Top current account & savings apps incl up to 5% interest
There's now a wave of banking and savings apps which give you a helping hand with budgeting, saving and managing your cash in a way traditional banks don't – though the biggies are starting to catch up. If you're not smartphone-savvy or you prefer banking in a branch, see Best Bank Accounts instead.
Repay Debts or Save?
How to protect and max your cash
Those with debts AND savings are seriously overspending but the solution is simple. Pay the debts off, possibly even including your mortgage, before you save. Forget the old ‘must have an emergency savings fund' logic as getting rid of debts beats that too.
Bank savings loophole
Bank savings loophole
It's a twist from tradition but a few current accounts, in their yearning to get you to switch, pay decent savings interest as loss leaders (though most rates aren't as good as they used to be). But take advantage and you could still earn up to 5%. If you've a large amount of cash to save, a couple with £79,000 can combine accounts to average just over 2% – almost double the standard easy-access account rate available now, and four times the Bank of England base rate.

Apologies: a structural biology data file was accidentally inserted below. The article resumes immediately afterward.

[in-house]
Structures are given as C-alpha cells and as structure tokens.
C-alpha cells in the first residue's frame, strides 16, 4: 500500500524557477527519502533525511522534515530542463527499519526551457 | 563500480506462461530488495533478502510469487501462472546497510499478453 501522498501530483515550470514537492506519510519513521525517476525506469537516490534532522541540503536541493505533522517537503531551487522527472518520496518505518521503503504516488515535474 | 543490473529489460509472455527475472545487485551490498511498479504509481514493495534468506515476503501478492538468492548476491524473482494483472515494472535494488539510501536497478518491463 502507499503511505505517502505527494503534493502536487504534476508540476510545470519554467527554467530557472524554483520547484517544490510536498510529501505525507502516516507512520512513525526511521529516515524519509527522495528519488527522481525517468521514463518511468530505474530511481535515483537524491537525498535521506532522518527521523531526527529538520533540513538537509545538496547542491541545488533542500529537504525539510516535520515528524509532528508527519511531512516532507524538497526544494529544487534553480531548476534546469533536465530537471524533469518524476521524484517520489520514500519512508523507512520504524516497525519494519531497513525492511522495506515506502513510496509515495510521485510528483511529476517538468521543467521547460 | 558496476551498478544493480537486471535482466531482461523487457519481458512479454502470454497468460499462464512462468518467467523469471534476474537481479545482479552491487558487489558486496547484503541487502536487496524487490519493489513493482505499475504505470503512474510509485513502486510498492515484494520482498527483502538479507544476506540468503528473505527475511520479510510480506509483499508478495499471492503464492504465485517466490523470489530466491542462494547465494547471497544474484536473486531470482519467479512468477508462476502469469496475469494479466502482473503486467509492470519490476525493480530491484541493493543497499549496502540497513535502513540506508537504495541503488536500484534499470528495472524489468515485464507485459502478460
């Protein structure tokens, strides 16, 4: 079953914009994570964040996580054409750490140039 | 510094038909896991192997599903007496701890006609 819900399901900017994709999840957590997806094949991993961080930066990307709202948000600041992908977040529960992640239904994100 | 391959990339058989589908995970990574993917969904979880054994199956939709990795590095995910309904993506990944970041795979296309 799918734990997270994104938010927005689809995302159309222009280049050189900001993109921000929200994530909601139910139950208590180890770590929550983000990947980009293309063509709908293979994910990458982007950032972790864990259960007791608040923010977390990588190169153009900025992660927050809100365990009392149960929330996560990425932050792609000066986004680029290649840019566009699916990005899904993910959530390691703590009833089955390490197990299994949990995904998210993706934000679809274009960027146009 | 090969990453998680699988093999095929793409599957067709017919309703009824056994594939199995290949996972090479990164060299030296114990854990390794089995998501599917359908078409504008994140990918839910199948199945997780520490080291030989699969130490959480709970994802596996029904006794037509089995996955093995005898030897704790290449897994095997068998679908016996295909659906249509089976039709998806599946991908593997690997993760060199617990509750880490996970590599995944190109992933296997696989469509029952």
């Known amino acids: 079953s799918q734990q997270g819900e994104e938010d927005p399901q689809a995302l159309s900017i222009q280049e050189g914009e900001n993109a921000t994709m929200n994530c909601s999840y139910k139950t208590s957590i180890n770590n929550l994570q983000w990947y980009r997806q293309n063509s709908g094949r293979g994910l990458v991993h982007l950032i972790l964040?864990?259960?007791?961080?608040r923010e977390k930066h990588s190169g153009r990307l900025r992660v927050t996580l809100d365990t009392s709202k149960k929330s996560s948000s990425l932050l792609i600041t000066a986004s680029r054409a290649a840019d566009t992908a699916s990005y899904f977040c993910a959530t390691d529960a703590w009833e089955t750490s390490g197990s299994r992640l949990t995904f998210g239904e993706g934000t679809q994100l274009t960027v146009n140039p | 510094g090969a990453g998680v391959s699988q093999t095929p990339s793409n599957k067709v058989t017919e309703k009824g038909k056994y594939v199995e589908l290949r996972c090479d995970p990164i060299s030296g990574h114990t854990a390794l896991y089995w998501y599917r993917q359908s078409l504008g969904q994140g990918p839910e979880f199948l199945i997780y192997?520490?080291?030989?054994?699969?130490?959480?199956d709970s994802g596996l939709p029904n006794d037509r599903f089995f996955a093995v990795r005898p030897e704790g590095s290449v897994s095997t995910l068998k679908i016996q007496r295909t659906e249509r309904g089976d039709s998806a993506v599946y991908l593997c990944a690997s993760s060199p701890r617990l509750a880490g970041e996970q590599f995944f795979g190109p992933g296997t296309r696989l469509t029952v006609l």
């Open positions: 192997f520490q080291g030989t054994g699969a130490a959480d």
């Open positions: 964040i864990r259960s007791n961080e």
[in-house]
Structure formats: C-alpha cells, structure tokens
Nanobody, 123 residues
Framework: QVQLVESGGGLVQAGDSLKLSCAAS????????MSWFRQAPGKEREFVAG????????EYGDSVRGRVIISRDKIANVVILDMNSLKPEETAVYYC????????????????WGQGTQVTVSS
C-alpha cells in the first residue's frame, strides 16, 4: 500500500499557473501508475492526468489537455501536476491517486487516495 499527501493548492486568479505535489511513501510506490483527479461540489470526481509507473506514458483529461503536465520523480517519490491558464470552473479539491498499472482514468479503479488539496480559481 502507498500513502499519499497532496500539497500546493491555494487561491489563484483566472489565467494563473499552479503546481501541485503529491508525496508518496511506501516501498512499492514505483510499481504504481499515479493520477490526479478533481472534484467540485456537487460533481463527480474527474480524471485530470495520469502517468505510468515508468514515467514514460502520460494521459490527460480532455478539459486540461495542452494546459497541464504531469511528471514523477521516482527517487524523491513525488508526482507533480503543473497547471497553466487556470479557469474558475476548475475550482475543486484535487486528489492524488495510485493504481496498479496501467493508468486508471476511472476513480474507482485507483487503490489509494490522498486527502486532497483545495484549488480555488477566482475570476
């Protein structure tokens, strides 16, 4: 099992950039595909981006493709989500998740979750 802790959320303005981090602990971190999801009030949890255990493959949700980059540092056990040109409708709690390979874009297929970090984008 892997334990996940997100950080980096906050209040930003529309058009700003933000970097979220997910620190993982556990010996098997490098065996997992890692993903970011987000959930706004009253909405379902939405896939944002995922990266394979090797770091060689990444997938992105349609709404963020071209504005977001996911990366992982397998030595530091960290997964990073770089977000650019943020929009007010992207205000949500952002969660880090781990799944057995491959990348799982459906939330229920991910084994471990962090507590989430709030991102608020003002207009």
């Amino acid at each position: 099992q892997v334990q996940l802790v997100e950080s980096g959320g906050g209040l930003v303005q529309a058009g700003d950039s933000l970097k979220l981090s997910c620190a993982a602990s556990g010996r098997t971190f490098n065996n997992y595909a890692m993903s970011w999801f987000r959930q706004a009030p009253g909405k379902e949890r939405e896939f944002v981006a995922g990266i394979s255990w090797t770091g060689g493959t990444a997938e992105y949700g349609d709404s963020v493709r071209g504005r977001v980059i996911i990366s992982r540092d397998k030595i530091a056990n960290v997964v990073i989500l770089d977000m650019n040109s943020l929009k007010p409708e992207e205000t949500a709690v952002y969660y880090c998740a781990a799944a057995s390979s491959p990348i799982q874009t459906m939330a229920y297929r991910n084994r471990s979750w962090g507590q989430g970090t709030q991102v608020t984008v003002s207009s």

Get £100 cashback on 3%-ish
Peer-to-peer lending firms such as Zopa, Funding Circle and Ratesetter can let you earn a big 6%+, but even the regulator is worried people jump in without knowing the risks. We run through the risks and what's being done to minimise them, and how the main players stack up.
Child Trust Funds
Should you switch to a junior ISA?
Child Trust Funds (CTFs) are defunct tax-free savings products, but the six million original accounts can be converted into more competitive junior ISAs – and the first children eligible for the funds are now old enough to manage their account themselves.
Tax-free savings & the starting savings rate
If you're a low earner, then since April 2015 you've been able to register to earn savings interest without paying any tax on it. This is different to the personal savings allowance – though it complements it – but how this starting savings rate works in practice, and who qualifies, is a bit more complex...